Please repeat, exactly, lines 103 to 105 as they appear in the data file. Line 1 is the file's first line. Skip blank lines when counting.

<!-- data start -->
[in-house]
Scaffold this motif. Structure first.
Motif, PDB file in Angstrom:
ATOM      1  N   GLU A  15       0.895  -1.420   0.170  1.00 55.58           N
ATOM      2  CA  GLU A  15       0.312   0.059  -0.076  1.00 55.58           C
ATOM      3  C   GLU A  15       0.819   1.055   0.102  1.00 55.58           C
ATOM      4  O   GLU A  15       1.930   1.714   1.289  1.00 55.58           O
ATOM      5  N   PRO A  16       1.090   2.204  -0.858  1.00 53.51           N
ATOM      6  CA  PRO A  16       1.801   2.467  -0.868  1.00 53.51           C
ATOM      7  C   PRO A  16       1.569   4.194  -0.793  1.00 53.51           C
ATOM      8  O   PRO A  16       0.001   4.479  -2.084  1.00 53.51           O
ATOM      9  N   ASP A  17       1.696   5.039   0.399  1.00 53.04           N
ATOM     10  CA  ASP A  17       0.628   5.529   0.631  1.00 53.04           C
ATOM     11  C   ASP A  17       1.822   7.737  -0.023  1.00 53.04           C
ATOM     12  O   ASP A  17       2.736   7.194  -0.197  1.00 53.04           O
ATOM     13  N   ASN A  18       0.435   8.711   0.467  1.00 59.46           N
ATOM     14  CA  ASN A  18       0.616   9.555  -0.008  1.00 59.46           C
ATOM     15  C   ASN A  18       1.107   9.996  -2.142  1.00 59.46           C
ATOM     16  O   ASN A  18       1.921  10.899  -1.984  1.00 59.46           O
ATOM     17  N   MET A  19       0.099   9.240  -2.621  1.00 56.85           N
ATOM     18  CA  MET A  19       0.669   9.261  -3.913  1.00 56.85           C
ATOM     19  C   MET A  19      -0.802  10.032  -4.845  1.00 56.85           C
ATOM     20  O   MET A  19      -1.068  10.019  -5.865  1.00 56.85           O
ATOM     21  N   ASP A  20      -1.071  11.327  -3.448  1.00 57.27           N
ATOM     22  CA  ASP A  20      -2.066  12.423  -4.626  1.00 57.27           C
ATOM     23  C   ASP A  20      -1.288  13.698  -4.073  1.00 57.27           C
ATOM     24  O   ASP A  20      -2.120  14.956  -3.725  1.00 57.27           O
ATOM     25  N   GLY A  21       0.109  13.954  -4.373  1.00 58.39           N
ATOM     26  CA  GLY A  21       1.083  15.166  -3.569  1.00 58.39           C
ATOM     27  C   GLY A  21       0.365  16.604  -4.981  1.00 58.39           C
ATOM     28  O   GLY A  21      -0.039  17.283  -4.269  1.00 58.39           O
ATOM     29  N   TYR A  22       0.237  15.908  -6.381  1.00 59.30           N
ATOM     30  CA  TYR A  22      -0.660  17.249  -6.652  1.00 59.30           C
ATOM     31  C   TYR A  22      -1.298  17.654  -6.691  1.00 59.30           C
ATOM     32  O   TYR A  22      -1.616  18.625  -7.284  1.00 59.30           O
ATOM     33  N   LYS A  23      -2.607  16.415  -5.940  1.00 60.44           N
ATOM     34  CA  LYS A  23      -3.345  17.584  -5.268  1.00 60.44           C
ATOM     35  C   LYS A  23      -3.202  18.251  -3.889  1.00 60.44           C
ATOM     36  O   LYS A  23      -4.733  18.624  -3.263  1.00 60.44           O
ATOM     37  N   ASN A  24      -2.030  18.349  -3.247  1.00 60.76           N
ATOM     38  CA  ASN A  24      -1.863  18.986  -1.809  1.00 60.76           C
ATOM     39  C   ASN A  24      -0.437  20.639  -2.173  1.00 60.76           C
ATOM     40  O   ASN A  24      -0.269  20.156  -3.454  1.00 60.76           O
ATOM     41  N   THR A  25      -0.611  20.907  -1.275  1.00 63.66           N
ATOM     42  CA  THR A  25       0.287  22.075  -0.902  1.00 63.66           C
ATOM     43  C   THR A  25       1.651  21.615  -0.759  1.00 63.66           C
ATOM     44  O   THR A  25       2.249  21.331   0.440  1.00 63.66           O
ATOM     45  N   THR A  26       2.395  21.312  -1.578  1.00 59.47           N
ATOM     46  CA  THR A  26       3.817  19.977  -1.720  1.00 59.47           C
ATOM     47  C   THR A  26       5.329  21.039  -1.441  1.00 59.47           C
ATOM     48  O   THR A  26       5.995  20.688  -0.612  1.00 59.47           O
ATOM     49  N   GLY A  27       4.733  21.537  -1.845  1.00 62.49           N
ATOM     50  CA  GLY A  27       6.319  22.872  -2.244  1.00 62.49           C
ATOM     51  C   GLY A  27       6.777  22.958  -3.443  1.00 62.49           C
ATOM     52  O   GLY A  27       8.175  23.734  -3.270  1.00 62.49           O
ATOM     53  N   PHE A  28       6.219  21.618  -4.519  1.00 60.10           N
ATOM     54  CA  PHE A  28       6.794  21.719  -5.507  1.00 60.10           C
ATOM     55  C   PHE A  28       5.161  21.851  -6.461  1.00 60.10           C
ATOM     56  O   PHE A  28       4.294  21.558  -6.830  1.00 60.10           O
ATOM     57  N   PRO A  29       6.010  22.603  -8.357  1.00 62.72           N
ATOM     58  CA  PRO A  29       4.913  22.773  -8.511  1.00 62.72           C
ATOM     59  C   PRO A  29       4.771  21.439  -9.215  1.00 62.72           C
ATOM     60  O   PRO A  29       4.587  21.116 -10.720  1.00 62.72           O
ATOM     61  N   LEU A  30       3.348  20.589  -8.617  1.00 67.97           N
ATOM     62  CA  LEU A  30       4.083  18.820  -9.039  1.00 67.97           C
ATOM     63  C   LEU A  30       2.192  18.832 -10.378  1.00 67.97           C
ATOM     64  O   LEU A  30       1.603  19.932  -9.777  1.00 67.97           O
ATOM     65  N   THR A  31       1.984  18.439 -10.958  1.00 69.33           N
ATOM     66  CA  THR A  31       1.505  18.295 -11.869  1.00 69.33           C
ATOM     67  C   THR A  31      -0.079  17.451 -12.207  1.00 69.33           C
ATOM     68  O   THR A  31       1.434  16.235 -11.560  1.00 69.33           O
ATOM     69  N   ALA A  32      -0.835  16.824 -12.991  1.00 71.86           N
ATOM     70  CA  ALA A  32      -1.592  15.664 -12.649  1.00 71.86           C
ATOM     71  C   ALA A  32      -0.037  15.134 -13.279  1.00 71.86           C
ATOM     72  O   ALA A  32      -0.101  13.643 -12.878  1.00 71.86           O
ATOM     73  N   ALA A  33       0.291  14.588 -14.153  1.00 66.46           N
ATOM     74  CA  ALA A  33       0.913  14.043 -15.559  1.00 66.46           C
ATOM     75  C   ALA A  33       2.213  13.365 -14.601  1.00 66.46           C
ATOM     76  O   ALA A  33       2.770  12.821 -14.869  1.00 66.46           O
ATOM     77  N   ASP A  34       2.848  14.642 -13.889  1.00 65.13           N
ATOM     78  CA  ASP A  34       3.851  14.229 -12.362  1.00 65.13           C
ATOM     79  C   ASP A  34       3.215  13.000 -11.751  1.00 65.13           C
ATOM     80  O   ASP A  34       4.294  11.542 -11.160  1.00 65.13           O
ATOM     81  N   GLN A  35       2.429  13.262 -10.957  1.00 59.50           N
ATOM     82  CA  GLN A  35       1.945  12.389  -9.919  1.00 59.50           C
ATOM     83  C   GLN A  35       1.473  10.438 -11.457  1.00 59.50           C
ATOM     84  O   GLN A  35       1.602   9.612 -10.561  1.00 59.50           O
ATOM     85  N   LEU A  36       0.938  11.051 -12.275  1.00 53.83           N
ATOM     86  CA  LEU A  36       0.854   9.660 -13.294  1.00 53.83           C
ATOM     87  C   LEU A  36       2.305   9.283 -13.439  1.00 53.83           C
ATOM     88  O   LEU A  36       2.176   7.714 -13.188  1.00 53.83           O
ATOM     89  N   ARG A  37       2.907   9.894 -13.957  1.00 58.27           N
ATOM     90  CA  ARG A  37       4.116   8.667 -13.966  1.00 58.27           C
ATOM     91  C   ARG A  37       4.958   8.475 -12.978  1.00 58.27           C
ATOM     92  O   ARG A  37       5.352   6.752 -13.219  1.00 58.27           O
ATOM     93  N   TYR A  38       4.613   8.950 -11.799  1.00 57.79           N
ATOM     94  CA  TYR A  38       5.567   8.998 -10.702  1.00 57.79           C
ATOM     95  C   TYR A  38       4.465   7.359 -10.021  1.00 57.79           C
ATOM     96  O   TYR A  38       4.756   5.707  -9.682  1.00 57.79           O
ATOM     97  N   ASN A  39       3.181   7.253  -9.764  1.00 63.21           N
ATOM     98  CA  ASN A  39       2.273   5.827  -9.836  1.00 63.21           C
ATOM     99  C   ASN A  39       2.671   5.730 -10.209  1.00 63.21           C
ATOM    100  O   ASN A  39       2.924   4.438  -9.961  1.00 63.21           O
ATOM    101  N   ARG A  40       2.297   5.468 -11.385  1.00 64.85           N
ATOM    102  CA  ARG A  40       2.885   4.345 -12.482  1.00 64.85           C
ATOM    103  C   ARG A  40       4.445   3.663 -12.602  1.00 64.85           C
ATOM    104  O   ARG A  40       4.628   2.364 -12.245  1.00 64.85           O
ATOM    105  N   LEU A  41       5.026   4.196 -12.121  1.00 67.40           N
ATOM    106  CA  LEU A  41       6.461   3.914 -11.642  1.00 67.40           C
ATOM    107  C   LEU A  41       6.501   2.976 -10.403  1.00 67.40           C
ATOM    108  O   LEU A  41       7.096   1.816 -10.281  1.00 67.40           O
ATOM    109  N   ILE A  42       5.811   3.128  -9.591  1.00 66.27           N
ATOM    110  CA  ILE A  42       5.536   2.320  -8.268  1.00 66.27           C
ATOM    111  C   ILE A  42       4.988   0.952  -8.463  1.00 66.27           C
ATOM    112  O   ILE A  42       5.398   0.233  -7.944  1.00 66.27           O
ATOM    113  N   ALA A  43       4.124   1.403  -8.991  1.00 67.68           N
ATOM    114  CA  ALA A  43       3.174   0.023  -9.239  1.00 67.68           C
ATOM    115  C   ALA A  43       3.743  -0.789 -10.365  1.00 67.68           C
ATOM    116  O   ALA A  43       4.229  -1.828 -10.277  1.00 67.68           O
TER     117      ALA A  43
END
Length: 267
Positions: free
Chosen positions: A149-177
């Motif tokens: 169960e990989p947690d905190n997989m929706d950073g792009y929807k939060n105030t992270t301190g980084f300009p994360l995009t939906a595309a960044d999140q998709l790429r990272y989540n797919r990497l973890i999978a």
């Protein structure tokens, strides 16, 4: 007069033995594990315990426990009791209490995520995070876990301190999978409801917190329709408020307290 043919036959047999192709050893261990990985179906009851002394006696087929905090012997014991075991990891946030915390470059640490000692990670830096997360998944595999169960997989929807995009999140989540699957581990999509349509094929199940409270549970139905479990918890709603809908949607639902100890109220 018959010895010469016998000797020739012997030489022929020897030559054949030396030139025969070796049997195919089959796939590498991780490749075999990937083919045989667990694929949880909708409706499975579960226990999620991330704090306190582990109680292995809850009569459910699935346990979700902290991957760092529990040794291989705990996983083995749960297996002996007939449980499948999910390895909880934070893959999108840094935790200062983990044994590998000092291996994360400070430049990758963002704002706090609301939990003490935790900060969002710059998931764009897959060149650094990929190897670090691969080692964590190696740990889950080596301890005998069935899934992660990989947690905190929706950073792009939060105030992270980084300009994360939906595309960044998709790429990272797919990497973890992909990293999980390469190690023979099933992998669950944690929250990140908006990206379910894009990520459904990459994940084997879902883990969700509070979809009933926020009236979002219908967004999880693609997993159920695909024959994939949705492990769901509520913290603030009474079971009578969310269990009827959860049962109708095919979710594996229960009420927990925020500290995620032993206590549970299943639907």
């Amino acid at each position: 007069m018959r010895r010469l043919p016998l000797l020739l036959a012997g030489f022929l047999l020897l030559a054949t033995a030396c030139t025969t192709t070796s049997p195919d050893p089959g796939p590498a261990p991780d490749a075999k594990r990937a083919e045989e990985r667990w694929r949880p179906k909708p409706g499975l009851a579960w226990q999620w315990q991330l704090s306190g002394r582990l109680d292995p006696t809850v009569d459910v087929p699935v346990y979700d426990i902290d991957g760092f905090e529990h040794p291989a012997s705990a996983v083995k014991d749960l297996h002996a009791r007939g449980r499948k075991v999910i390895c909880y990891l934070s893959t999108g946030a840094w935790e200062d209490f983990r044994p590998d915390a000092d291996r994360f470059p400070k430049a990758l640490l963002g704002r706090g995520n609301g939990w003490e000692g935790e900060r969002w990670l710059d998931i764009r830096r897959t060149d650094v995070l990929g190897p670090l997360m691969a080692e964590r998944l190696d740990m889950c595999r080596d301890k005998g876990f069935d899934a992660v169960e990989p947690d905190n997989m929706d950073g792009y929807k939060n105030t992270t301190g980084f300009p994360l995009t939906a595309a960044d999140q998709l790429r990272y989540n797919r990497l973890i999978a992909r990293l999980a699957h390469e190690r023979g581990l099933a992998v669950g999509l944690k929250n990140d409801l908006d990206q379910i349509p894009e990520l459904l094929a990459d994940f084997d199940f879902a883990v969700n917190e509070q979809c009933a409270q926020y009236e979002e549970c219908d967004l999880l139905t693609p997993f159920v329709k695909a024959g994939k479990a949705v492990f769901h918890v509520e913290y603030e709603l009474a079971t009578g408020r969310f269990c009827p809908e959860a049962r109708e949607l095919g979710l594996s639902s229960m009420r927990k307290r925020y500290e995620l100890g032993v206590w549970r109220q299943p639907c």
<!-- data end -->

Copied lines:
ATOM    100  O   ASN A  39       2.924   4.438  -9.961  1.00 63.21           O
ATOM    101  N   ARG A  40       2.297   5.468 -11.385  1.00 64.85           N
ATOM    102  CA  ARG A  40       2.885   4.345 -12.482  1.00 64.85           C